Yet another fine example of driftless topography, this hike takes you around a steep hill, or mound, that is the highest point in this part of the state. Sprawling Blue Mound State Park has a large network of trails popular with both hikers and cyclists. This hike takes in several of the trails, giving visitors some challenging hikes through woods and prairie, with plenty of ascents and descents. Numerous birds and wildlife roost in the park, including wild turkeys and deer. The park also has a swimming pool and two observation towers with fine views over the sweeping countryside. The weather is a little easier to take in the summer, as cooler winds blow across the mound in the fall. However, if you do come in the cooler months, you may very well have the trails largely to yourself.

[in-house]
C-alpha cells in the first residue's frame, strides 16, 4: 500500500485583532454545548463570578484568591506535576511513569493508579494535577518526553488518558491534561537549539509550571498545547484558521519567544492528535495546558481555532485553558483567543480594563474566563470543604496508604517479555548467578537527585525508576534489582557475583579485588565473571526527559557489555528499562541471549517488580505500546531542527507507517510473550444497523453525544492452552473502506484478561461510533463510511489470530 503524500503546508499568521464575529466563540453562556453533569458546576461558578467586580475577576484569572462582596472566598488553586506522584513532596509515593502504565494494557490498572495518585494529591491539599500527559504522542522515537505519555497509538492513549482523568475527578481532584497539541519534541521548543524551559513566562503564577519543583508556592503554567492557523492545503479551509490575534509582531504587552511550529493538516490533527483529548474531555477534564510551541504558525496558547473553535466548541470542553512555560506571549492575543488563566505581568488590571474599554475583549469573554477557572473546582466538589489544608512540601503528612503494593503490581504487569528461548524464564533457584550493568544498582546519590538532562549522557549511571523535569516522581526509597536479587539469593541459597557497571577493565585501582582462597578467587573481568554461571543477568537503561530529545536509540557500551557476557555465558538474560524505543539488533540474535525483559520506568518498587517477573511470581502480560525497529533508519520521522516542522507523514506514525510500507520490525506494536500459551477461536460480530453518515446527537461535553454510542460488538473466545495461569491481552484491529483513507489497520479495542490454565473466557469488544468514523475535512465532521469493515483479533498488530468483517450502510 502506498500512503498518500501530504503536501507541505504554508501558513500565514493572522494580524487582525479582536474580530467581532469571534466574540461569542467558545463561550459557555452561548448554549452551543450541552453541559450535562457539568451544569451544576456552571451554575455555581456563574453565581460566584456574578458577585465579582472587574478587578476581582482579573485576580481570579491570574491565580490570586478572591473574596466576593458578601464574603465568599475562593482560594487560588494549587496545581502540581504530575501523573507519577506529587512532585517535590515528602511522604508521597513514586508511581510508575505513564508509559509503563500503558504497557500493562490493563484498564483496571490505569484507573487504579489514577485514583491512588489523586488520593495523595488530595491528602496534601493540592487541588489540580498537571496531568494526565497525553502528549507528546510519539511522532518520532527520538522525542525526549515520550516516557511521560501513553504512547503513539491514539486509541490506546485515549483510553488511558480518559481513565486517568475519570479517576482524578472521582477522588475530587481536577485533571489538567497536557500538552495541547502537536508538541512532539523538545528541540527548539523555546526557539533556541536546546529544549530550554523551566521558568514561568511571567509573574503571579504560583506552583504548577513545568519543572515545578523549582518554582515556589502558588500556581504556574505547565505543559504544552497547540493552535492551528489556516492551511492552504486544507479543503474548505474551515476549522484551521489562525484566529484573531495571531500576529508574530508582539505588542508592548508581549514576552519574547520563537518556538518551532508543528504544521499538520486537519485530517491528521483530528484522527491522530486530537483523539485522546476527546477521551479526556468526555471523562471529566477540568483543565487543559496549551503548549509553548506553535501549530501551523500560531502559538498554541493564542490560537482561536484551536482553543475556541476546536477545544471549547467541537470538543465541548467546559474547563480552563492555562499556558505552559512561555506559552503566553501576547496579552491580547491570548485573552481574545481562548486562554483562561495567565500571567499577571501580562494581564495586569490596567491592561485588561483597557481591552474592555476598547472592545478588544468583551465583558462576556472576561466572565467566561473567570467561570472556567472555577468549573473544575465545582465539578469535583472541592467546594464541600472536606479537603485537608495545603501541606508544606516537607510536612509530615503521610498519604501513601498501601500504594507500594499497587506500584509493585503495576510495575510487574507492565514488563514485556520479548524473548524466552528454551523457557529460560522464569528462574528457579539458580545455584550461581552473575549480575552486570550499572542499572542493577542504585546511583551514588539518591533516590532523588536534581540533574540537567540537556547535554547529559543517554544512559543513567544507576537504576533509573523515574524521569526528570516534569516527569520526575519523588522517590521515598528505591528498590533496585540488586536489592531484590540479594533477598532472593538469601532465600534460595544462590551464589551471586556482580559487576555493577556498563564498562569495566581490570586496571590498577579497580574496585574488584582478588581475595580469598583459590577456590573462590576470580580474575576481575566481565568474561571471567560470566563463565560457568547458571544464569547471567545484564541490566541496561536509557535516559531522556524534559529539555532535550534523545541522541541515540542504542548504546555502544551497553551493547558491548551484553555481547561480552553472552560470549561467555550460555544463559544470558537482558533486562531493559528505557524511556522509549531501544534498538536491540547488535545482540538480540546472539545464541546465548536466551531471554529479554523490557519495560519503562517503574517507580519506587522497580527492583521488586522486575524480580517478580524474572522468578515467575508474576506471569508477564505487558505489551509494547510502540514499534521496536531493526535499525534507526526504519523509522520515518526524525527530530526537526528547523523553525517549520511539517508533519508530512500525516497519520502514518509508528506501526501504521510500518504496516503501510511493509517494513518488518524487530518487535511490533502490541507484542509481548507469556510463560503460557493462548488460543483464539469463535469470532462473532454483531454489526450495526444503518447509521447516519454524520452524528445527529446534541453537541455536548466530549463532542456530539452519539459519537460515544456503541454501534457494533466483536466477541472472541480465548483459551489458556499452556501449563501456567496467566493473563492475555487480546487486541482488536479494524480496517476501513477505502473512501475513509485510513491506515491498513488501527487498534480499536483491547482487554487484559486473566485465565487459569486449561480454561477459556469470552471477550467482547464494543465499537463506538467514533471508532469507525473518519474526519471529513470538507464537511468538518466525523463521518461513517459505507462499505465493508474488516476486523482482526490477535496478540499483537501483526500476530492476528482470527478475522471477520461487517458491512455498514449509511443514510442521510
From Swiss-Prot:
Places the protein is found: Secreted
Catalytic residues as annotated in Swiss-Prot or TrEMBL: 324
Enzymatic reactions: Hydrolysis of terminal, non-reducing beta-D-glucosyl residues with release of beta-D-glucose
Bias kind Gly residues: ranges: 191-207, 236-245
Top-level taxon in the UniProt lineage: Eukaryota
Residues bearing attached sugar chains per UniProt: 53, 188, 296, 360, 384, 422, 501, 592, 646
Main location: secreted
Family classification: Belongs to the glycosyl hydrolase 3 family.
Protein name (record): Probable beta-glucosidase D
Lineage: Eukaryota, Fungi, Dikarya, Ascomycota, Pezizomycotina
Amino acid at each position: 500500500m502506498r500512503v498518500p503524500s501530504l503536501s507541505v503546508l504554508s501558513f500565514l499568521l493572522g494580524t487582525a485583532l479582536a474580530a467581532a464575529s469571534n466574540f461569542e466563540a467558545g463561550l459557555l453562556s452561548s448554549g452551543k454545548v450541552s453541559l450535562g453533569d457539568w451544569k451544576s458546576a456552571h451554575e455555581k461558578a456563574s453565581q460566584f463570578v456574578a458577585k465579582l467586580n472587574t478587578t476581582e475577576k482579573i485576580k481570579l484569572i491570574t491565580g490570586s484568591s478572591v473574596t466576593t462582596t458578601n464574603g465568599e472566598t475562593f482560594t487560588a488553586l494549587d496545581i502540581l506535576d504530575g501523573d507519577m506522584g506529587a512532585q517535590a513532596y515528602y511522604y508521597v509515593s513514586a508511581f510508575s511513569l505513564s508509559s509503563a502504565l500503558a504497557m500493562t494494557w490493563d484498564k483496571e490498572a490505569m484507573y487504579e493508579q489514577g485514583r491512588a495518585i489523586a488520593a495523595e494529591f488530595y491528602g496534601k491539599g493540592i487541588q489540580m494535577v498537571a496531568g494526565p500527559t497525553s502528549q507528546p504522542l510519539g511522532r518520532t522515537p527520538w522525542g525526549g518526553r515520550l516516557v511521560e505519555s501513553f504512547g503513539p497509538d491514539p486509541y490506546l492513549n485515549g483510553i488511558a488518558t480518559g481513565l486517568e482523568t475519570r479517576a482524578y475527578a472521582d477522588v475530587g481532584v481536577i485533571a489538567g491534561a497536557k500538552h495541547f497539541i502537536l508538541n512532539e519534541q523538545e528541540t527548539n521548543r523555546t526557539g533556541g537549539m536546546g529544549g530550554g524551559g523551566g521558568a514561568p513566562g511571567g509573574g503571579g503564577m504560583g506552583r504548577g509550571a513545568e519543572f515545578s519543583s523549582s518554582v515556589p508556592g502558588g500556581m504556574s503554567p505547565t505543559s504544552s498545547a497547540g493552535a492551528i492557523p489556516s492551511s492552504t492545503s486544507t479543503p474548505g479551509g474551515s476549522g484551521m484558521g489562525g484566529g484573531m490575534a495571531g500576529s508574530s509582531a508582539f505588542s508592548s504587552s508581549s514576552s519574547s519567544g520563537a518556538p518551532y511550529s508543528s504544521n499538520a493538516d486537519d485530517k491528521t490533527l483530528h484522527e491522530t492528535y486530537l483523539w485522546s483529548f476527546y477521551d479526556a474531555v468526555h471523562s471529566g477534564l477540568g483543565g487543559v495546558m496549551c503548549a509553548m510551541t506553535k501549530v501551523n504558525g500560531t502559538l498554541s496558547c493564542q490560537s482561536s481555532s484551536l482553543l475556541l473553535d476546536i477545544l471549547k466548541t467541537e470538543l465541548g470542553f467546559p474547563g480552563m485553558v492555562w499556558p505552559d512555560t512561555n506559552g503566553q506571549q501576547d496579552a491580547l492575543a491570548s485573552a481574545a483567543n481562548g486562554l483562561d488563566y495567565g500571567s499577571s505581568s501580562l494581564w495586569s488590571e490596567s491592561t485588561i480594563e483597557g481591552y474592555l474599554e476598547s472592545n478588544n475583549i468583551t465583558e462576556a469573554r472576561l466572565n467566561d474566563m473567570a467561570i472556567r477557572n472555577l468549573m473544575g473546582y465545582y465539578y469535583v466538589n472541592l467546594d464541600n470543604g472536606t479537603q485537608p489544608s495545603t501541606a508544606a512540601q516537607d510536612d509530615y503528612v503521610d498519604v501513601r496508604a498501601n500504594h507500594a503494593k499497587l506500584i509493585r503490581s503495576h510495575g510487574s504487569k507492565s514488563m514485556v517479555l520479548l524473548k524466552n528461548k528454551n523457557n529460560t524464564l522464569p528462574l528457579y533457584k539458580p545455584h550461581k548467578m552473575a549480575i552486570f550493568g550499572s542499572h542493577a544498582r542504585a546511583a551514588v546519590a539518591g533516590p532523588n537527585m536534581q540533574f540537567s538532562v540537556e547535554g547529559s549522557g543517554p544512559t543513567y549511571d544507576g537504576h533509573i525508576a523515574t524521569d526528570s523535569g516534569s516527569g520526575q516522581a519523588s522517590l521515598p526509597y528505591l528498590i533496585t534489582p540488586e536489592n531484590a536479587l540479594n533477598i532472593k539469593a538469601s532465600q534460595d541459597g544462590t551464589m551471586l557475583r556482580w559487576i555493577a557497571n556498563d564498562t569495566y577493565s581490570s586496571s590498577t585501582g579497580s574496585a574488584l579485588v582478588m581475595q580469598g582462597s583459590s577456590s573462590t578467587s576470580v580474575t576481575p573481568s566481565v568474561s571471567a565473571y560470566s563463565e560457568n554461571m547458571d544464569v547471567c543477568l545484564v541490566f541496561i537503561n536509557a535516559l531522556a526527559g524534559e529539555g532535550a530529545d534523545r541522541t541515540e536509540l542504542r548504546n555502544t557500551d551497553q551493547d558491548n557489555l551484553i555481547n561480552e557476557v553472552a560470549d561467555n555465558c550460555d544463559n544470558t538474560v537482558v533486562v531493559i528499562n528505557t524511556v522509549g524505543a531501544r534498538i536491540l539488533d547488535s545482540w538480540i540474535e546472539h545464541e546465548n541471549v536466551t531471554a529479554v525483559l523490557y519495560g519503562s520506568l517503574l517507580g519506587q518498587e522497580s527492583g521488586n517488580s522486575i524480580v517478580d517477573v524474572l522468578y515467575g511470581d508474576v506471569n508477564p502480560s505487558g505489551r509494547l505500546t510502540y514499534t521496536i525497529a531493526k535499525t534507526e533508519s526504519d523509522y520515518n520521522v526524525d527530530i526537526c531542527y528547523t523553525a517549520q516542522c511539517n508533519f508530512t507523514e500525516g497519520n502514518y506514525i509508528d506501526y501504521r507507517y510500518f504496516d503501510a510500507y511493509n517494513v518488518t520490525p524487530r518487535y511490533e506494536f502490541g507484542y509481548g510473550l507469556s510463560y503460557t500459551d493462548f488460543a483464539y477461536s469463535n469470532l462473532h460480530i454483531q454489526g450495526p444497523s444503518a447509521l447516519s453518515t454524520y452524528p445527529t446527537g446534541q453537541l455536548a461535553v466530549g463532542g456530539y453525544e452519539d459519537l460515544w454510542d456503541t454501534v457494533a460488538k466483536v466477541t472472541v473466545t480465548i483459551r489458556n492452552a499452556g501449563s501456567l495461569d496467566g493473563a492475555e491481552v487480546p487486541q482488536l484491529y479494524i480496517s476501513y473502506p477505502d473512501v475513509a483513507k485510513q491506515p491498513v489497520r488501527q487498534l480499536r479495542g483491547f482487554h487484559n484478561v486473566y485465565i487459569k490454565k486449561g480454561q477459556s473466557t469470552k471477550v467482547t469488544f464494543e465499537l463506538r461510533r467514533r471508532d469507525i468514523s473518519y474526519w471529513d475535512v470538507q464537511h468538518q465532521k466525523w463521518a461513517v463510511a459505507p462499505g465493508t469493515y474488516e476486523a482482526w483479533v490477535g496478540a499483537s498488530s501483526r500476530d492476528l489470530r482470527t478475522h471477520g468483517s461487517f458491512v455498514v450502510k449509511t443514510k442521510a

Blue Mounds, WI - Cross-Country Skiing,Hiking,Mountain Biking - Trail Length: 5.6 miles
Woods, prairie, and wetlands are highlights of this short hike in a county park on the eastern edge of Dane County. This hike follows a curvy path through several switch-backs in woods marked with oaks and maples before circling a wide prairie and then coming close to a wetland through which flows Koshkonong Creek. The creek once flowed into a dam, but the dam was removed in 2000, allowing the creek to meander through the marshy landscape at the edge of the woods. It’s a peaceful spot with opportunities to see frogs and other wildlife.
Cambridge, WI - Cross-Country Skiing,Hiking,Mountain Biking - Trail Length: 2 miles